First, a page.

Pace an image is created is matched by how quick we disregard it but we’ve never been more engaged.
Photography is more about experience and community and less about document and evidence.
10% of all photos ever taken were shot in 2011
same months instagram just shy of 2 years passed 100 million users. People sign up at a pace of 1 a second. Taken over 1 billion images.
Accounts for some but not all 250 million images uploaded to Facebook every day.
Comparing images today to images then is like comparing a car today with a horseless carriage.
Mayes believes cellphone photography marks the transformative moment.
An image doesn’t exist until it is fixed at point where fixing is vocabulary.
A digital image is entirely fluid. It now lives in a digital environment.
Meanings of images now morph, as they are never fixed.
Ritchin: Digital photography is quantum imagery it is anything and everything at one time.
Photography has turned to having fun, unselfconscious, experimental somewhere sharing it with the outside then within two days it is gone.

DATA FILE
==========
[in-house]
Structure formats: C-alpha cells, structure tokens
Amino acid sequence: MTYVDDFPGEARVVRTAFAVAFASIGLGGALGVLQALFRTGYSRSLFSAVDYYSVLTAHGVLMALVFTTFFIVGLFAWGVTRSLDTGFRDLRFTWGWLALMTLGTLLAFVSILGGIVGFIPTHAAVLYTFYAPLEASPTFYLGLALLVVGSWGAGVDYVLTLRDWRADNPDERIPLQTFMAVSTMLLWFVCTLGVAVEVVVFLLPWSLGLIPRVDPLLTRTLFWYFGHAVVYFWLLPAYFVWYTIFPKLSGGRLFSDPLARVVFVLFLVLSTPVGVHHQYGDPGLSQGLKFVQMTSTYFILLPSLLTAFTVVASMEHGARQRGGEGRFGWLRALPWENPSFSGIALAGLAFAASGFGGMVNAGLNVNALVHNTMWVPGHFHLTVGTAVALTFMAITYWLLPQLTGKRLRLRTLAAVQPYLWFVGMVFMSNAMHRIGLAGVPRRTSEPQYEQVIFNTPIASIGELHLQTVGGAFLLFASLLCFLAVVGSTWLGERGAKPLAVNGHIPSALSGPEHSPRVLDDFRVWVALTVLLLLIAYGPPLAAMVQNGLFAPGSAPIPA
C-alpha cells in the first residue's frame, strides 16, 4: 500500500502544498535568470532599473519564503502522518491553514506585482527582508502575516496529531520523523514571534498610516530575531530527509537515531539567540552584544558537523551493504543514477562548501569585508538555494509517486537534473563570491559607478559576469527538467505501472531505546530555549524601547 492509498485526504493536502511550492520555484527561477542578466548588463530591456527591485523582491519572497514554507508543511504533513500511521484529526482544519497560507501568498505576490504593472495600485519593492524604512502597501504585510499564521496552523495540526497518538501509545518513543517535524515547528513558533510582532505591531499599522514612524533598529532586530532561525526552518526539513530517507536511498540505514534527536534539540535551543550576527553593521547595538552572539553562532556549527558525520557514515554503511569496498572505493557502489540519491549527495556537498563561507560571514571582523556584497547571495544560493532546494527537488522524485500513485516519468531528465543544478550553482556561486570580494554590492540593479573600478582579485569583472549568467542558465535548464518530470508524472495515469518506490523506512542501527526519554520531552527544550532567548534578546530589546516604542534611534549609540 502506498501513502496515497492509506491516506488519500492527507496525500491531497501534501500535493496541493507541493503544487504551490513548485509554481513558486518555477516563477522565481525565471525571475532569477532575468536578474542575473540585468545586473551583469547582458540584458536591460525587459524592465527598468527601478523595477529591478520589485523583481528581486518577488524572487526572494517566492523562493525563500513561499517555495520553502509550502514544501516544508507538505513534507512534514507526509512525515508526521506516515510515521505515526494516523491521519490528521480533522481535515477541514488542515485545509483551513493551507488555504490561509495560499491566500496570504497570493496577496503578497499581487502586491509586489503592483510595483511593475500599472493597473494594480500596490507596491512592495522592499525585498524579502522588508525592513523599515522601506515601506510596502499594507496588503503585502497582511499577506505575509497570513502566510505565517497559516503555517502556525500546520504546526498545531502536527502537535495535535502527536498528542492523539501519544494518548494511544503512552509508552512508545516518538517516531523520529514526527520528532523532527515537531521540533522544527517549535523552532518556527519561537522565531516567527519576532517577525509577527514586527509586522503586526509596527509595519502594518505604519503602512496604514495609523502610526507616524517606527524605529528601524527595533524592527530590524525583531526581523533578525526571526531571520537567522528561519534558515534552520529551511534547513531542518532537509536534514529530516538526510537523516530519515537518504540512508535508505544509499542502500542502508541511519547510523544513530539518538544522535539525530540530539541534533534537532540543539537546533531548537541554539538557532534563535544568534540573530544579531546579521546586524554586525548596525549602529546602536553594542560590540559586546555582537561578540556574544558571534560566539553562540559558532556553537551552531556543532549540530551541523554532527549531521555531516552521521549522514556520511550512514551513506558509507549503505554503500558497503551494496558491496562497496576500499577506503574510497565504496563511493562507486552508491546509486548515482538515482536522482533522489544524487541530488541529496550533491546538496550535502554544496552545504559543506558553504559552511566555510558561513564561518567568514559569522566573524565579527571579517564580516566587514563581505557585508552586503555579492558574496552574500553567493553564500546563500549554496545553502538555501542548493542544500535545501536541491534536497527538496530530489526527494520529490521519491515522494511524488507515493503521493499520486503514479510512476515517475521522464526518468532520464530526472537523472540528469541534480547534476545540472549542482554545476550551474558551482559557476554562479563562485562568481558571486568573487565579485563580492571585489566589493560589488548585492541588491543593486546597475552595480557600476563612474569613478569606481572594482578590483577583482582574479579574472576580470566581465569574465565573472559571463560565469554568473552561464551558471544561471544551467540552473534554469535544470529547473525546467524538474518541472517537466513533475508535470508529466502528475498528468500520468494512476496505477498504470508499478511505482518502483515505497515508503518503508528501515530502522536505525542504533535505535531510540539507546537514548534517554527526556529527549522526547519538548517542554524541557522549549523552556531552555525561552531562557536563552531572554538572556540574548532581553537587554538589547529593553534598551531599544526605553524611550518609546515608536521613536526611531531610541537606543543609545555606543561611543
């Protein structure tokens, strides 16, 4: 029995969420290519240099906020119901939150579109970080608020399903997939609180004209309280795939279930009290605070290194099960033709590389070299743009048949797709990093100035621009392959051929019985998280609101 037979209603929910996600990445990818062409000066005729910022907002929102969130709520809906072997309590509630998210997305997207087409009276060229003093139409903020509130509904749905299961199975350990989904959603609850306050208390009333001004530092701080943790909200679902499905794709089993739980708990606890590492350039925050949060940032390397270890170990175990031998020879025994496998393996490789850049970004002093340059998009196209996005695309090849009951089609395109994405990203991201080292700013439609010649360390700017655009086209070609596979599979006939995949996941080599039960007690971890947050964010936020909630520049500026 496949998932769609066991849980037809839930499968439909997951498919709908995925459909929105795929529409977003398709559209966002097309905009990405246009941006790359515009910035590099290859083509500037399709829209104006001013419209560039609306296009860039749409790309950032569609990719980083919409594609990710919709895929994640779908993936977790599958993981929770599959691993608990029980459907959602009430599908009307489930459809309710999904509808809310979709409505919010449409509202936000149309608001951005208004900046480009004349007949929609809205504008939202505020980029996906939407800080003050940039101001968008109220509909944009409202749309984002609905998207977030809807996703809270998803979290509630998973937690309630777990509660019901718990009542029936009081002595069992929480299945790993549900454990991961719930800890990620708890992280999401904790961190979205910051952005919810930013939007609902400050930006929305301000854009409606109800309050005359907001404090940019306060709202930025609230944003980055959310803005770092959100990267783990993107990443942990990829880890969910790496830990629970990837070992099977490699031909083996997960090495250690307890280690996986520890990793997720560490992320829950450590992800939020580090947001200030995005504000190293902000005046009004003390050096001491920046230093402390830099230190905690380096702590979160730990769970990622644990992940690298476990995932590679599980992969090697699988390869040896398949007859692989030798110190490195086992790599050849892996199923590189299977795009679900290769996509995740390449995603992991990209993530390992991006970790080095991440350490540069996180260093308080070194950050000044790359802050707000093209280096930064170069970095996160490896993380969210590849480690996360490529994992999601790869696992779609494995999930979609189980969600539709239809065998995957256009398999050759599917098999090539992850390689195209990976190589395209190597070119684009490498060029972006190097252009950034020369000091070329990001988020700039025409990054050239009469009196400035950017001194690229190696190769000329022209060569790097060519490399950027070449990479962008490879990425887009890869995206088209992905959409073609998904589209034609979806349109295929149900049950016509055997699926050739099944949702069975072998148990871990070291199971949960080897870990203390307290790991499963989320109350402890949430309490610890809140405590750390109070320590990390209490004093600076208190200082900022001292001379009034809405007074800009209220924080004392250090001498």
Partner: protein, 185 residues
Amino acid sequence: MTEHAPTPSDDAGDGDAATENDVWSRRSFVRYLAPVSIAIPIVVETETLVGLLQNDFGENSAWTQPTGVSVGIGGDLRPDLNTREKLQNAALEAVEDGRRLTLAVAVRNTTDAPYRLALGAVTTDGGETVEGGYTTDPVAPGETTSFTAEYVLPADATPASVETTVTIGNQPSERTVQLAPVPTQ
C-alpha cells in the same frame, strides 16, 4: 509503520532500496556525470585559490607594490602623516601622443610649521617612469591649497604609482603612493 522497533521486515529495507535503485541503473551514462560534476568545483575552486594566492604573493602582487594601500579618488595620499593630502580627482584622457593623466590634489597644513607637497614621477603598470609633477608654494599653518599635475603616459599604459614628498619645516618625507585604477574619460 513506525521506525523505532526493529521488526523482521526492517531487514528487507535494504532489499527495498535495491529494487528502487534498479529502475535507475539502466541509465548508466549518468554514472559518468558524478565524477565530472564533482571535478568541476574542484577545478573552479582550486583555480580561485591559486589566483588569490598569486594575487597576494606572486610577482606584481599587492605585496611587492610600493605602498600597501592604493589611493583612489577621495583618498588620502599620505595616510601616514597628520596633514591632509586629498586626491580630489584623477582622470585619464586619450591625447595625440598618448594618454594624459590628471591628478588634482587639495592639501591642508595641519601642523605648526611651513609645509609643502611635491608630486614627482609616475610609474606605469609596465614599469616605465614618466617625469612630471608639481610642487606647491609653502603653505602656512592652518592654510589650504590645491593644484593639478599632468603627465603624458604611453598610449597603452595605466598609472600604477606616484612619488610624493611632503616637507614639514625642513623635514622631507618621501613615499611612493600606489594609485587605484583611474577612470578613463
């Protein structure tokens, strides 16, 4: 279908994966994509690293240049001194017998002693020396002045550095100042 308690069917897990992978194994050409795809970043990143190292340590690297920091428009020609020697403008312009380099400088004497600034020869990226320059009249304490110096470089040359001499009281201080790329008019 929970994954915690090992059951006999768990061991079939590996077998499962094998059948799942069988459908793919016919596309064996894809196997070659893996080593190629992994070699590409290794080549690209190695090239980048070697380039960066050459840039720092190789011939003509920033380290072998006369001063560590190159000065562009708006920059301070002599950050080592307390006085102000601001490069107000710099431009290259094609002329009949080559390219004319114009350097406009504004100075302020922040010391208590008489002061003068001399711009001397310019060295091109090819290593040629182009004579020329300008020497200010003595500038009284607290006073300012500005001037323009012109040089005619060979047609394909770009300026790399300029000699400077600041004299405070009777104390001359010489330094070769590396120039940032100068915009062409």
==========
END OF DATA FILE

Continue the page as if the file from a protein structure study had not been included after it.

Didn’t take a camera somewhere [Libya] so become invisible as everyone had cellphones they were taking pictures with.
Cell phone photography is about immediate reaction
We refer to something as what it was before even with cellphone with have nostalgic filters.
Cell phone brings you closer to the action like someone caught in the Tsunami documenting it.
Cell phone photography is not seen as solid enough process as it is too easy to create.
People always trust an image inside a news magazine but never notice the made up image on the cover
Unless you really dig you can’t validate
People are free to decide if they are good photographers or not.
The role of the professional is important so long as people want creditable information
Professionals are valuable as commentators, interpreters, and validators…
Cell phones shows the individuals experience, Professionals get an overview and can introduce us to different elements looking at patterns, validating stories or re-contextualising them.
The key point’s I selected from this are:
- The event isn’t what happens, its what narrated
- Its impossible to tell a story that includes everything
- Unconventional narrative is the breaking up of time, conventional narrative follows the linear structure
- The point of a narrative is to convey information
RICHIN: Richin’s key point on this talk is that the honesty is key. He would also feel that a narrative could show the many sides as he considers each point of view available. Richin also believes that “Photography is a quotation” meaning that you take information and repeat it.
MAYES/HETHERINGTON: Feel that context is key, so would enforce the idea of a narrative is to convey information.